Bath Spa University School of Science, Society and Management 50 / 51 Environmental Science Food with Nutrition BSc (Hons) BSc (Hons)Why choose this course? For many reasons; starting with a comment from a recent review of teaching. " W e were impressed with the range and scope of field-based teaching and the extent to which this expertise benefits student learning." Internal Review comment Class sizes are small - typically 23; staff and students are on first name terms, and each student is assigned a Personal Tutor from day one. All this helps to create an excellent learning environment. Expect to 'get your hands dirty'; we get you out of the classroom and into the environment as much as possible. Employers greatly value the practical skills you develop. About the course Environmental Science is a vast subject embracing many disciplines; at Bath Spa it is studied from two related perspectives - biological and geographical. Whilst some topics, such as ecology and environmental management, are compulsory, there are many optional modules to choose from, e.g. marine biology, climatology, sustainable communities, coastal zone management, wastes management, and ecological assessment. The course is flexible and you will design a programme of study to suit your interests and career aspirations. Along with flexibility is the opportunity to specialise in a particular area of environmental science; for example aquatic environments, environmental protection and conservation, or earth systems. Alternatively, you can maintain a broader interest in the subject; at Bath Spa the choice is yours. The primary focus of this course is the food chain and the nutritional and safety issues that are of importance to consumers.Climate change, pollution impacts, conservation of biodiversity, environmental management, energy use, wastes management, sustainability, and protection of natural systems are amongst the planet's most pressing issues. Whilst we can't guarantee that this course will enable you to solve all of them, we can promise that you will be taught by an enthusiastic, committed, and supportive team of professionals who will help you to understand these issues and develop the skills to do something about them. Throughout the course there is an emphasis on practical work: in our well equipped laboratories, on campus - with its rich variety of terrestrial and aquatic environments - and further afield (though we are mindful of our carbon footprints in selecting locations). Why choose this course? The course was designed for students who have an interest in pursuing a career in food and nutrition but who do not have a traditional science background. You do not need a traditional science A-level to apply - applied science is introduced into the programme where appropriate. The course is accredited by the Institute of Food Science and Technology, the professional body for food scientists and technologists in the UK, for its membership purposes. This course will enable you to develop an appreciation of the complexities of the food chain, the needs and demands of consumers and the controls that exist to ensure that the food we eat is nutritious and safe. Our specialist facilities provide you with access to some of the latest technologies and learning resources, including a wide range of industry standard specialist food and nutrition software. About the course In Year 1, the core module Introduction to Food and Nutrition provides the initial science base for the course and introduces some fundamental concepts of food science, food technology, microbiology and nutrition. You will be introduced to consumer perceptions of the food supply chain with particular reference to nutritional, environmental and ethical issues, and UCAS CodeEnvironmental ScienceF900Entry CriteriaTypical offers240-280 UCAS Tariff points (e.g. BCC; BB+AS a), with minimum 80 points from a science or geography-related subject preferred. See page 20 National Student Survey Score (2010)87% satisfaction with teachingUCAS CodeFood with NutritionD6B4Popular CombinationsNote - if you study this course as part of a Combined Award the title is abbreviated to Food and Nutrition. Biology - CD16 Business and Management - ND26. For a full list of courses you can combine with Food and Nutrition, see page 63. Entry CriteriaTypical offers240-280 UCAS Tariff points (eg BCC; BB+AS a) See page 20National Student Survey Score (2010)87% satisfaction with teachingCourse InformationCourse locationNewton Park campusCourse length3 years full-time; part-time availableNo. of applicants (2010) 130No. of places (2010)15More InformationCourse locationNewton Park campusCourse length3 years full-time; part-time availableNo. of applicants (2010) 70No. of places (2010)15 (additional places are available as part of a Combined Award)More ProfileRosalyn Thompson, graduated 2008-"W hen I graduated I got a paid placement as a graduate ecologist. I'm now a PhD student at University College Cork (on a scholarship I heard about through Bath Spa), researching the impacts of road transport, energy crops and aquaculture on biodiversity and ecosystem services. The Environmental Science course gave me a great basis to explore different avenues of interest, and for my choice of career the modules I did relating to Field Ecology and Plants and People were outstanding. My overall memory of Bath Spa is what a nice atmosphere there was, very helpful and accessible staff, and of the lovely group of people in my year. And my top tip for students is - volunteer! Get as much experience as you can. Voluntary work will expose you to a variety of facets of the job sectors, provide contacts and build a solid CV."Careers The knowledge and skills that you develop during the course are valued by employers and our graduates have gained employment in a wide variety of organisations. Examples include: environmental consultancies, water companies, public sector bodies (for example the Environment Agency), and not-for-profit organisations (such as the Soil Association). Many graduates have gone on to postgraduate programmes at Bath Spa and elsewhere, leading to a teaching qualification (PGCE), MSc or PhD. 01 Sampling soil and vegetation in Ecology02 Marine Biology trip to plankton trawl site03 Roz contemplates the impacts of road transport in Ireland01 Examining food label information0102in nutrition, nutrition for optimal health and sports performance. An optional module allows you to carry out an independent project in collaboration with a food business. Careers We have an excellent record in graduate employment - employers value the knowledge and professional skills developed by our graduates. The food industry, consumer organisations and enforcement agencies need graduates who have a balanced and informed view of food provision. You will be qualified for a variety of careers such as manufacturing (particularly product development), quality assurance and food safety, nutritional adviser, retailing, local and national government and many more. Postgraduate study is another option - you could train to be a teacher (PGCE), do an MSc, PhD or a specialised professional qualification.Staff ProfileDr Anil de Sequeira, Subject Leader, Food and Nutrition-"O ur programmes are delivered in a student centred environment in which your learning experience is enhanced by the industry standard specialist facilities. My research interests lie in the area of food product and process development, development of smart labels and industrial applications of immobilised enzymes. I bring my research to my teaching through new student practicals that I have developed and final year student projects. My links with industry further help me embrace my teaching through the use of 'live' case studies."develop your practical, study and ICT skills. All students take a core compulsory module from a second subject in Year 1 - Biology, Geography and Education are popular choices, but you do not need to decide until you get here, and you will be helped in your choice by your personal tutor. In Year 2, the core Advanced Food and Nutrition module further develops the themes covered in the first year and relates this to the food industry. A compulsory research methods module lays the foundations for the Year 3 food and nutrition dissertation. Modules in Year 2 also investigate the role of diet in normal health and as a risk factor in health disorders. Food quality and new food product development are explored in the context of food production, the consumer and the law. Optional modules explore the biochemical and physiological links between common pathological states and the role of nutrition in prevention and treatment, and factors that affect food choice and eating habits. In your final year you will critically evaluate the national and international concepts of risk assessment and their application at all stages of the food system. You will also evaluate issues and concerns over food provision. A primary research investigation is an important part of your studies in Year 3. Other themes include contemporary food issues, current issues 01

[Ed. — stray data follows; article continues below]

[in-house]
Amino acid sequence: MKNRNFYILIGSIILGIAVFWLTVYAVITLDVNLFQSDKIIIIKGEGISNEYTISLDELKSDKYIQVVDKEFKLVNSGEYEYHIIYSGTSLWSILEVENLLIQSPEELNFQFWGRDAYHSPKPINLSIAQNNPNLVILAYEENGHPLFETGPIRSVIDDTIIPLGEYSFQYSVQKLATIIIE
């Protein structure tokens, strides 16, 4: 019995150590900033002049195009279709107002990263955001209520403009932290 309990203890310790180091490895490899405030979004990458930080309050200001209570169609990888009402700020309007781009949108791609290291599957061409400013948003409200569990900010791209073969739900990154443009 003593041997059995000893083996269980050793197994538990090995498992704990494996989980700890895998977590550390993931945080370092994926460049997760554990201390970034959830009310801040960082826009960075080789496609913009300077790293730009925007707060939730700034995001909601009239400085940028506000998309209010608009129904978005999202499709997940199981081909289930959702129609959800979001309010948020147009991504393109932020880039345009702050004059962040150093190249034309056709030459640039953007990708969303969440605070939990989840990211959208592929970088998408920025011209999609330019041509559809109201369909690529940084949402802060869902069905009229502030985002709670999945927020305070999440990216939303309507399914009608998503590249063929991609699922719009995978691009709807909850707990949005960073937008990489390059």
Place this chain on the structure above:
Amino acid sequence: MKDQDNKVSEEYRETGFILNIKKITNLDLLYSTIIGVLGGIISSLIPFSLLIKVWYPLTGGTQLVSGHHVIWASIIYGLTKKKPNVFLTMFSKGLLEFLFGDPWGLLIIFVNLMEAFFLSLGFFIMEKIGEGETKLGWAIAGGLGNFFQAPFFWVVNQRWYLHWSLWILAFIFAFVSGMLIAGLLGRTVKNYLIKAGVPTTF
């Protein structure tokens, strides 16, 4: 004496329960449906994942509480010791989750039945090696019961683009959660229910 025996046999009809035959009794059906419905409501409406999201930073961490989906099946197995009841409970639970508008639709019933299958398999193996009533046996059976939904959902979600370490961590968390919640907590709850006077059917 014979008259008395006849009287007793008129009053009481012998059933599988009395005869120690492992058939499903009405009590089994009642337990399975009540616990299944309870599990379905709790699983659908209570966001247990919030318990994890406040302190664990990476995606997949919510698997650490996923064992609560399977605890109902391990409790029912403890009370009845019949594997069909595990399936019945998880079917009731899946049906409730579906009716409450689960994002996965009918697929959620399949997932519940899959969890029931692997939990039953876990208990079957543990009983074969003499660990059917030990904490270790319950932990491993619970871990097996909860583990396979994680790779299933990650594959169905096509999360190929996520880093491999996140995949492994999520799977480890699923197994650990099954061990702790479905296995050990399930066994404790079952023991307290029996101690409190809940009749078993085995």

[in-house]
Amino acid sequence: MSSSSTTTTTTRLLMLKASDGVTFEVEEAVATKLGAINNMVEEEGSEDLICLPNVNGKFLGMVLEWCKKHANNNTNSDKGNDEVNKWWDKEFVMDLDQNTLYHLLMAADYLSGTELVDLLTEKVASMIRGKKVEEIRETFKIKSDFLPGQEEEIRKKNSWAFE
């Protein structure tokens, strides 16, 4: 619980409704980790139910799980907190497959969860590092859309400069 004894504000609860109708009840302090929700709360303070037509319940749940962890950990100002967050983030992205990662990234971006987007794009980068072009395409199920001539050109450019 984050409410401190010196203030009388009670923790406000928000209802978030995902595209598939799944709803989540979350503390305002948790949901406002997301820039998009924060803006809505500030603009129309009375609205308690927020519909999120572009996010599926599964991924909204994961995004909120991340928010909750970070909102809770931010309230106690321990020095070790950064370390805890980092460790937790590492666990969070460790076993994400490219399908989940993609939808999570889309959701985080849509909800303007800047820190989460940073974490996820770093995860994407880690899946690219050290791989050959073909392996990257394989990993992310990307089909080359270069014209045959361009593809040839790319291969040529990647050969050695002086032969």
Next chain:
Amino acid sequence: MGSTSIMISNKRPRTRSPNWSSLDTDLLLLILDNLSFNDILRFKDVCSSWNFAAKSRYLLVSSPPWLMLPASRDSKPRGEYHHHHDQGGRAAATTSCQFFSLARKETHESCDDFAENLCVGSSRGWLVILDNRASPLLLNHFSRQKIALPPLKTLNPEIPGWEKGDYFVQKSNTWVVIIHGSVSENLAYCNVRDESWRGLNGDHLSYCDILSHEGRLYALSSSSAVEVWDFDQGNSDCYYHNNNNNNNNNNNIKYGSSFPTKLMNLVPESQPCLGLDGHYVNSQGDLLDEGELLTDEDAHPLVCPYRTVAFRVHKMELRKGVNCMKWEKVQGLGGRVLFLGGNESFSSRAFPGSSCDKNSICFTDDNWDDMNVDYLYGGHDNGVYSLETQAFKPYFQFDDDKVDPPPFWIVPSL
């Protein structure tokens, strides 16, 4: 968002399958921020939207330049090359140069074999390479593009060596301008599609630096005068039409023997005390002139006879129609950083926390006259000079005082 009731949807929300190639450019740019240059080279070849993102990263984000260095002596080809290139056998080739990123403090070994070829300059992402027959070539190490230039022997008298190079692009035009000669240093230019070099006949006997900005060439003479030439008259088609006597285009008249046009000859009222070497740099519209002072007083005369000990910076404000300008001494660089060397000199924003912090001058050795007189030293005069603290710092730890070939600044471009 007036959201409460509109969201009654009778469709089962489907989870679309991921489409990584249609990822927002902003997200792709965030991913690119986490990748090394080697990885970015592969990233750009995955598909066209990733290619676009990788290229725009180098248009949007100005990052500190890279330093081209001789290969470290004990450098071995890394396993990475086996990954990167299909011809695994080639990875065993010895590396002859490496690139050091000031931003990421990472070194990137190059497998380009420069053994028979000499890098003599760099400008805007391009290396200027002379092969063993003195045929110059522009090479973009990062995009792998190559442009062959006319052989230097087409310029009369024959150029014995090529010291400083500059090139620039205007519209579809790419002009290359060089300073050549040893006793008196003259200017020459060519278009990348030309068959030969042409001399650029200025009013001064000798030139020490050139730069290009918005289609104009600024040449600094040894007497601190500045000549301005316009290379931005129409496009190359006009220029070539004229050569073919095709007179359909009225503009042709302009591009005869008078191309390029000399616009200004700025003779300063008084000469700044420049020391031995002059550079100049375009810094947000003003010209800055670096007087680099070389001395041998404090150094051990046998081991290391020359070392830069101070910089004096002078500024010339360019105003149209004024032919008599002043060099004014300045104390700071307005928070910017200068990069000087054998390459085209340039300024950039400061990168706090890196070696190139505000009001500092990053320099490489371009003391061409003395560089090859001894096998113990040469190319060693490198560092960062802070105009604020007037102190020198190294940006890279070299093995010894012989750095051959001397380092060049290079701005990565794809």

The primary research investigation is an important part of your studies in Year 3 and this will enable you to integrate the practical and theoretical aspects of diet, nutrition and ethics. Careers There is a growing interest in human nutrition and its effect on health. There is an increasing demand for multi-skilled graduates with knowledge of nutrition and health who will be able to find employment in both the public and private sector. Private sector careers include development of new food products; food safety and compliance with nutritional claims; marketing; public relations; and medical food companies. Public sector careers include local or national government in health or food departments; public health; health science in schools, colleges or universities. Graduates of the BSc Human Nutrition degree may go on to do postgraduate study, such as dietetics, or research, such as MPhil or PhD. Geography BSc (Hons)Studying Geography is 'the best of both worlds' as the subject combines academic knowledge and applied skills that uniquely bridge the gap between the earth and social sciences. We think this helps Geographers to be more adaptable in the world of work. Why choose this course? Geography is clearly important inunderstanding today's pressing global and local issues from climate change to sustainable development. At Bath Spa you learn geographical concepts, theories and knowledge and also gain skills that can improve your career prospects. Geography graduates are valued by employers for this unique combination. Good teaching is important to us: our recent graduates agree - 97% said staff were good at explaining things, and tutors were easy to contact (National Student Survey, 2010 graduates). In our friendly department you will benefit from small classes, specialist expertise, and up-to-date technologies, including Arc GIS, GPS survey instruments, campus river gauging and digital 'met' stations. Our rural site is a superb 'natural laboratory'. About the course The course allows you to do both physical and human Geography or to specialise in one or the other after Year 1. Fieldwork is an integral part of your learning and underpins our commitment to a relevant, interesting and useful degree. A special feature of our course is the optional placements, overseas, in voluntary work or in schools, which count toward your UCAS CodeGeographyF800Popular CombinationsBiology - CF18 Sociology - FL83 For a full list of courses you can combine with Geography, see page 63. Entry CriteriaTypical offers240-280 UCAS Tariff points (eg BCC; BB +AS a) with minimum 80 points from geography or a related subject such as science, sociology, economics. See page 20Course InformationCourse locationNewton Park campusCourse length3 years full-time; part-time availableNo. of applicants (2010) 351No. of places (2010)45 (additional places are available as part of a Combined Award)More Student Survey Score (2010)87% satisfaction with teachingNoteThere are plans to introduce a new BSc (Hons) Applied Geographical Sciences in 2012. Please check our website for up-to-date information.01also undertake further study or research, or enter teaching as a career.Graduate ProfileShaun McGall, Combined Honours Geography and History, graduated 1993-"I fell in love with Bath when I was a student here - and I've stayed in the city ever since. After graduating I pursued a career working in both further and higher education, and at the same time developed the interest in politics that had started when I was Vice-President of the Student's Union. I've been a Bath & North East Somerset Councillor for 11 years and am currently serving a term of office as Mayor of Bath."degree; you can gain valuable experience whilst demonstrating the value of Geography to employers. In your first year you take a core module combining 'foundation' knowledge, concepts and skills. The rest is up to you! You can begin to specialise by choosing options that interest you, such as in physical landscapes or development and sustainability. In Years 2 and 3 you develop research and survey skills preparing for dissertation work and a future career. The themes of sustainability, development and geo- information skills add further dimensions to your learning and employability. Sample modules: Year 1- Foundationsin Geography, Earth Observation, Development and Sustainability; Year 2 - Geography and Geographers: Investigating Environment and Society, Global Environmental Change, Culture, Place and Belonging; Year 3 - Geography Dissertation, Quaternary Environments, Historical Geographies, International Fieldwork.Careers With a wide skills base, geographers take many career paths: the environment sector, utilities, planning, housing management, leisure, logistics and a wide variety of other businesses. Many geographers 01 Mapping limestone strata in Mendip02 Shaun McGall03 Investigating life in a sustainable community in Somerset Human Nutrition BSc (Hons)By studying human nutrition you will understand the scientific principles underlying nutritional requirements throughout life, in health and disease. This is a stimulating and provocative programme that will challenge some of your own views and opinions and will answer many misconceptions. 02Why choose this course? It is a specialised award, meaning that most of the modules are compulsory. However, in order for students to tailor their degree towards future career aspirations or interests there are some module options, and a research project in Year 3. Students are also encouraged to undertake relevant work experience. Students have personal on-campus access to dietary analysis software, which is used frequently in lectures and seminars. We have excellent specialist facilities that include a food workshop and biology and microbiology laboratories.About the course You will be taught by a core lecturing team and we have a number of visiting expert lecturers who take both lectures and seminars on their areas of expertise. Examples of the subject themes studied on the programme include in Year 1: core modules in Food and Nutrition, which provides you with introductory information on food, nutrition and dietary analysis; Human Biology; Biochemistry; and Public Health. In Year 2 a core Advanced Food and Nutrition module will develop themes covered in the first year. Other themes include Nutritional Science; Research Methods and Nutrition in Society. Importantly you will gain an understanding of the ethical and professional framework you will work within as a graduate of a human nutrition degree. In your final year you will critically explore the complex nature of issues related to dietary intake and physical activity and how these choices impact on health. You will also have the opportunity to take optional modules to help tailor your degree. Course InformationCourse locationNewton Park campusCourse length3 years full-time; part-time availableNo. of applicants (2010) 44No. of places (2010)10More Student Survey Score (2010)87% satisfaction with teachingUCAS CodeHuman NutritionB400Entry CriteriaTypical offers240-280 UCAS Tariff points (eg BCC; BB+ AS a), with minimum 160 points from at least two science based subjects (Biology preferred plus a related science subject e.g. Chemistry, Physics, Maths, Physical Education or Food Technology) at A level or equivalent. See page 20 An Access course that includes biosciences and numeracy - see page 2001 Year 1 Food and Nutrition students in the lab02 Tracey Lewarne, Course Leader01Staff ProfileTracey Lewarne, Course Leader, Human Nutrition -"H uman Nutrition is a specialised course designed specifically to give students thorough and up-to-date knowledge in this ever growing area. It's a stimulating programme that will challenge views, and since there's an increasing demand for multi-skilled graduates with knowledge of nutrition and health, it provides students with the skills needed for employment in both the private and public sector." Bath Spa University School of Science, Society and Management